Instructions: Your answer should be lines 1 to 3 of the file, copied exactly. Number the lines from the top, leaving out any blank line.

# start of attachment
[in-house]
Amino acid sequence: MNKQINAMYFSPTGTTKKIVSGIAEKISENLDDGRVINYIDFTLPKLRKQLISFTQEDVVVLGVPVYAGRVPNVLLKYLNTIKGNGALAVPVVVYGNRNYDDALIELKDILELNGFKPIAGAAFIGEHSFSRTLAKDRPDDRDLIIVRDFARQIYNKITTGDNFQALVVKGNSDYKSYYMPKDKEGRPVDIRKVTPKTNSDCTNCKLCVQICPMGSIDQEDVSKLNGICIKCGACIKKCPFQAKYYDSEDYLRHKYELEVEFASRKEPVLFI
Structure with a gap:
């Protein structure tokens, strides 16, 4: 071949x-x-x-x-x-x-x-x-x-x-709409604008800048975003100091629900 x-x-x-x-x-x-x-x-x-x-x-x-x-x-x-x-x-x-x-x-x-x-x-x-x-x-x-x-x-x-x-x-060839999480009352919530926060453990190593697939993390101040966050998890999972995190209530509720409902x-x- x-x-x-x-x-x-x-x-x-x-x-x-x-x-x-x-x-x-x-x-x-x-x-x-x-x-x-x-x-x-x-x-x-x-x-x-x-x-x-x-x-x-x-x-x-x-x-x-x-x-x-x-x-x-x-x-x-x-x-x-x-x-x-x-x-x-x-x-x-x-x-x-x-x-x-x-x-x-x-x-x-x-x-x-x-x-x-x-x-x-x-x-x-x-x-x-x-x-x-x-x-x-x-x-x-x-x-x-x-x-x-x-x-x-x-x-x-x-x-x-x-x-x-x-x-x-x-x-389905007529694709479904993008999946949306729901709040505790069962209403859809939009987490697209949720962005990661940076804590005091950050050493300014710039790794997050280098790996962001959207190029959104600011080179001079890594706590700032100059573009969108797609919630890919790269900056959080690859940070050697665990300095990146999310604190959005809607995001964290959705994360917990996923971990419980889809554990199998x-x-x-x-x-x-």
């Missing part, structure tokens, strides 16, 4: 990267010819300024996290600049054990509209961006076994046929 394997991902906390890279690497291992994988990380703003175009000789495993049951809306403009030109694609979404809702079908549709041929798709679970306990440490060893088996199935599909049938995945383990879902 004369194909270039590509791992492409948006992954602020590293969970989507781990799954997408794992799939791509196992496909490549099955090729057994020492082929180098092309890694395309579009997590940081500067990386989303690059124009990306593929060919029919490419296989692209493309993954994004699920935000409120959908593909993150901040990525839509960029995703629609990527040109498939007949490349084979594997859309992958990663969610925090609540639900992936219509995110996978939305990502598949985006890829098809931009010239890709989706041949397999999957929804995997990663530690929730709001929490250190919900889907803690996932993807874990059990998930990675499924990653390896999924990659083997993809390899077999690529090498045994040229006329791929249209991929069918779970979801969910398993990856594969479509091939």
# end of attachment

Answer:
[in-house]
Amino acid sequence: MNKQINAMYFSPTGTTKKIVSGIAEKISENLDDGRVINYIDFTLPKLRKQLISFTQEDVVVLGVPVYAGRVPNVLLKYLNTIKGNGALAVPVVVYGNRNYDDALIELKDILELNGFKPIAGAAFIGEHSFSRTLAKDRPDDRDLIIVRDFARQIYNKITTGDNFQALVVKGNSDYKSYYMPKDKEGRPVDIRKVTPKTNSDCTNCKLCVQICPMGSIDQEDVSKLNGICIKCGACIKKCPFQAKYYDSEDYLRHKYELEVEFASRKEPVLFI
Structure with a gap: